He advocated it as the best method in India's case because as an English educated attorney he was well aware of Britian's ideals of egalitarian common law and natural human rights. Since the "enemy" in this case was essentialy civilized and humane, he knew non-violence would eventually work.

I don't recall anyone asking him what he'd have proposed were they facing the Nazis or Imperial Japan.

I also think as an advocate of non-violence, Ghandi also inherently understood the "Armed society is a polite society" as coined by Heinlien. It seems logical to me he'd support whatever created an equal and peaceful society.

Much like the "wild west" as decried by anti-CCW forces was anything but "wild". Arms ownership was near universal, but most violence was actually quite rare, and usually conducted within a minority of troublemakers, corrupt law enforcment, and criminal gangs. The law abiding majority was largely unnafected and their arms served as a good deterent. The stories of wild west gunfights are with us to this day because the incedents were so surprising and so rare.

D.W. Drang
May 14, 2003, 11:54 AM
"Armed society is a polite society" as coined by Heinlien. Well, since we're on the subject...
This was not "coined by Heinlein", it was coined by John W. Campbell, who fed the line to Heinlein (as was his practice with "his" stable of writers) as the lead in to a story. "What if... a cuture was built on the premise that 'An armed society is a polite society'?"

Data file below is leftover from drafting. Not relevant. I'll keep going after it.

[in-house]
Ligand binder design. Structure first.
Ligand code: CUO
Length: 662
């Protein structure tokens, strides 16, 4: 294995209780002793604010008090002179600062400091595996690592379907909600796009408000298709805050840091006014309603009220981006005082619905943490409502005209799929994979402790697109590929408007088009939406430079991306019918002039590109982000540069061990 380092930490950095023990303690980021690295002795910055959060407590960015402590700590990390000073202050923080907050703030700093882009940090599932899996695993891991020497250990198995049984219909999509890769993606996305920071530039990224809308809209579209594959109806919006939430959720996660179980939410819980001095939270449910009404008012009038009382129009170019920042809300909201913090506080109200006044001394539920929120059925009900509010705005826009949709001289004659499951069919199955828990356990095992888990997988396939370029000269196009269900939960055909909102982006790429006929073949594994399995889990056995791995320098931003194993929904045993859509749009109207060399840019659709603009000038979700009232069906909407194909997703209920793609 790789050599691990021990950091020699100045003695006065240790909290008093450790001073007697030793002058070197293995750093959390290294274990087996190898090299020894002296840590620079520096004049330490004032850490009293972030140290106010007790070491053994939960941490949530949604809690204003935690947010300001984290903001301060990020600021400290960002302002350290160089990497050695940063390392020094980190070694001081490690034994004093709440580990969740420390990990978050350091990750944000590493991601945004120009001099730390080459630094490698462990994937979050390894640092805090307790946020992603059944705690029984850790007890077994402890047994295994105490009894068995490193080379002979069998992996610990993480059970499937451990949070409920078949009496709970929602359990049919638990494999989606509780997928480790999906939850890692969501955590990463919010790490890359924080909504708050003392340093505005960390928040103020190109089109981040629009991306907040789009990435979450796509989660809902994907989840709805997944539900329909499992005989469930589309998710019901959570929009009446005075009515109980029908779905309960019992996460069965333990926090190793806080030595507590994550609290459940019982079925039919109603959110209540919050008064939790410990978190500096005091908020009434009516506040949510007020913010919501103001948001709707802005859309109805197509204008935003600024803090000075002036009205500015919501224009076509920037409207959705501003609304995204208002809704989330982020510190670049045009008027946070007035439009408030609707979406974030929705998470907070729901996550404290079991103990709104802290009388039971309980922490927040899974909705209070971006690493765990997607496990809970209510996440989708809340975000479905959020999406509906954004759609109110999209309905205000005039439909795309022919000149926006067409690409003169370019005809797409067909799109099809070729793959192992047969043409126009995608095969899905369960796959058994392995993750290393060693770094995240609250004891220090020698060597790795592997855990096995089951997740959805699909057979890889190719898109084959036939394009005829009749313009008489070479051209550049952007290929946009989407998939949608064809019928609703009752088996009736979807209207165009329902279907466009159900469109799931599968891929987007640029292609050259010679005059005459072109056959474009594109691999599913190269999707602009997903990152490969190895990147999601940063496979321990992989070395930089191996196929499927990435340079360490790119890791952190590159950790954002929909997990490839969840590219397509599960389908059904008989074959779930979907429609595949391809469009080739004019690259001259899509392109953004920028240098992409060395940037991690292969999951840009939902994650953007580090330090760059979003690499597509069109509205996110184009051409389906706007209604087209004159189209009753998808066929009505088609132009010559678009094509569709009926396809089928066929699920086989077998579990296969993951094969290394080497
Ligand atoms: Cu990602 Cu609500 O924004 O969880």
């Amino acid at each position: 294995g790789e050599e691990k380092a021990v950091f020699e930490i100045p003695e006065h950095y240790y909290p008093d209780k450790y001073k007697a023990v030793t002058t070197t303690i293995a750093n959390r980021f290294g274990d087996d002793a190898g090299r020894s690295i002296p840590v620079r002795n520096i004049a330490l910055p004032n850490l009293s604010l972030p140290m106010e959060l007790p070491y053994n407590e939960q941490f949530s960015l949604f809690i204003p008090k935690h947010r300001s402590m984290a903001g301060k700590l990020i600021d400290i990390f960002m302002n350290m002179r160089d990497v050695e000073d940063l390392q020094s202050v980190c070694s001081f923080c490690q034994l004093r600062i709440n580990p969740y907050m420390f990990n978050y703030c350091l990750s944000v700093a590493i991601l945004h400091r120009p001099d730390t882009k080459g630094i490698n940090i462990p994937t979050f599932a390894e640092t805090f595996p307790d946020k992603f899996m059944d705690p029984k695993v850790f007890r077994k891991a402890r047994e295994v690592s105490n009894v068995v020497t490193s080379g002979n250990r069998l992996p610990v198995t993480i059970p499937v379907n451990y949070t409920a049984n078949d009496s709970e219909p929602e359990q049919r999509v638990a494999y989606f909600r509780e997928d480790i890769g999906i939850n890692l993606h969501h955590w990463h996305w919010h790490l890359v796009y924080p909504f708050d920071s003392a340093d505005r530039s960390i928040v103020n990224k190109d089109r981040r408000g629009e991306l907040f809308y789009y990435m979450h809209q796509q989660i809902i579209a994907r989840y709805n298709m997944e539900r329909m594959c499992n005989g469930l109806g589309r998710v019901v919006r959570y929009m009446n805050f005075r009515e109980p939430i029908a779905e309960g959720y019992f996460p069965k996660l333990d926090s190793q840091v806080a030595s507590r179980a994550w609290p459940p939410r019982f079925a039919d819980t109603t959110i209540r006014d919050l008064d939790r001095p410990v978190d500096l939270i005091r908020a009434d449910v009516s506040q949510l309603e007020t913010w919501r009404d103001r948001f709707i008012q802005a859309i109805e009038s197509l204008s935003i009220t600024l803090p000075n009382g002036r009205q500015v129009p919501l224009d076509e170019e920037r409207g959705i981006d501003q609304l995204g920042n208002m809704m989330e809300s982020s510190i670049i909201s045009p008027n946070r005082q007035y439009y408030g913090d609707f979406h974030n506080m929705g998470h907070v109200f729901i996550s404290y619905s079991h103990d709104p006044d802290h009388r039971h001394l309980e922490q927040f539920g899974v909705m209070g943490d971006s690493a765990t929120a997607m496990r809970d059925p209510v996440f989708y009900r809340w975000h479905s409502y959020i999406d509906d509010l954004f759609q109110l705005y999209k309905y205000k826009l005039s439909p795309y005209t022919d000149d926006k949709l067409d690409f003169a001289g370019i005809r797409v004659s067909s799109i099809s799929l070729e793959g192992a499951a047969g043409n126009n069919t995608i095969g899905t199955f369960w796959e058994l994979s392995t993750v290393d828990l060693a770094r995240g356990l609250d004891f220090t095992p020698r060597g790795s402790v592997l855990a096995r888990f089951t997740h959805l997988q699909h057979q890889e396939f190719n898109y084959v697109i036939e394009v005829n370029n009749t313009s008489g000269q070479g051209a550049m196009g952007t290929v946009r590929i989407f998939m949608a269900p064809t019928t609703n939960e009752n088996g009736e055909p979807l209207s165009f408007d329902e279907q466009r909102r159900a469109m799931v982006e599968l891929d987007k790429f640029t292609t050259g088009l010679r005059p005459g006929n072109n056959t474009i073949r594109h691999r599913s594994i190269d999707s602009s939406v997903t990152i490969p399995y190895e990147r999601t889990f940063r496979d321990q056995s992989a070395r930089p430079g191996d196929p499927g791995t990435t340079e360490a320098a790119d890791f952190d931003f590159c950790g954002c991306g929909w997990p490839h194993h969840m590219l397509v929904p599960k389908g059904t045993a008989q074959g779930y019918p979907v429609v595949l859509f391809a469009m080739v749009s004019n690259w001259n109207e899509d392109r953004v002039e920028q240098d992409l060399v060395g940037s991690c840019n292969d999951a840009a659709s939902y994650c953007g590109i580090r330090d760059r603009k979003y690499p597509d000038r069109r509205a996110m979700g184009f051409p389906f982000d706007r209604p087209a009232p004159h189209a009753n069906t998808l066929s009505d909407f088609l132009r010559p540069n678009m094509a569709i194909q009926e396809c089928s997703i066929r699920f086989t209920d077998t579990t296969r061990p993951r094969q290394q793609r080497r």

Mal H
May 14, 2003, 12:12 PM
MicroBalrog - Where did you see that quote referenced? If it wasn't from a reliable source, then why are we even researching this?

I found two instances on the net. One is on GeeksWithGuns and it is attributed to something akin to a troll. The other is on sodabob's web site (http://www.sodabob.com/Constitution/quotes.asp) (whoever he is), search for "Ghandi" on the page (he spelled it wrong). Note that the quote isn't actually quoted or given a source. It may be the author's interpretation of Gandhi's quote about England disarming India.

It is very difficult to prove someone didn't say something.

Mark Tyson
May 14, 2003, 12:25 PM
There's so many bogus quotes out there on the internet I wouldn't trust it. Go to the library and check out a book. Something in print.

Try The Essential Ghandi by L. Fischer for starters.

Robert J McElwain
May 14, 2003, 12:54 PM
Okay guys, let me give you a few genuine gun quotes that I like, with attribution.

"Germans who wish to use firearms should join the SS or the SA. Ordinary citizens don't need guns, as their having guns doesn't serve the State."
- Heinrich Himmler

"All military type firearms are to be handed in immediately. . . The SS, SA, and Stahlhelm give every respectable German man the opportunity of campaigning with them. Therefore anyone who does not belong to one of the above named organizations and who unjustifiably nevertheless keeps his weapon. . . must be regarded as an enemy of the national government."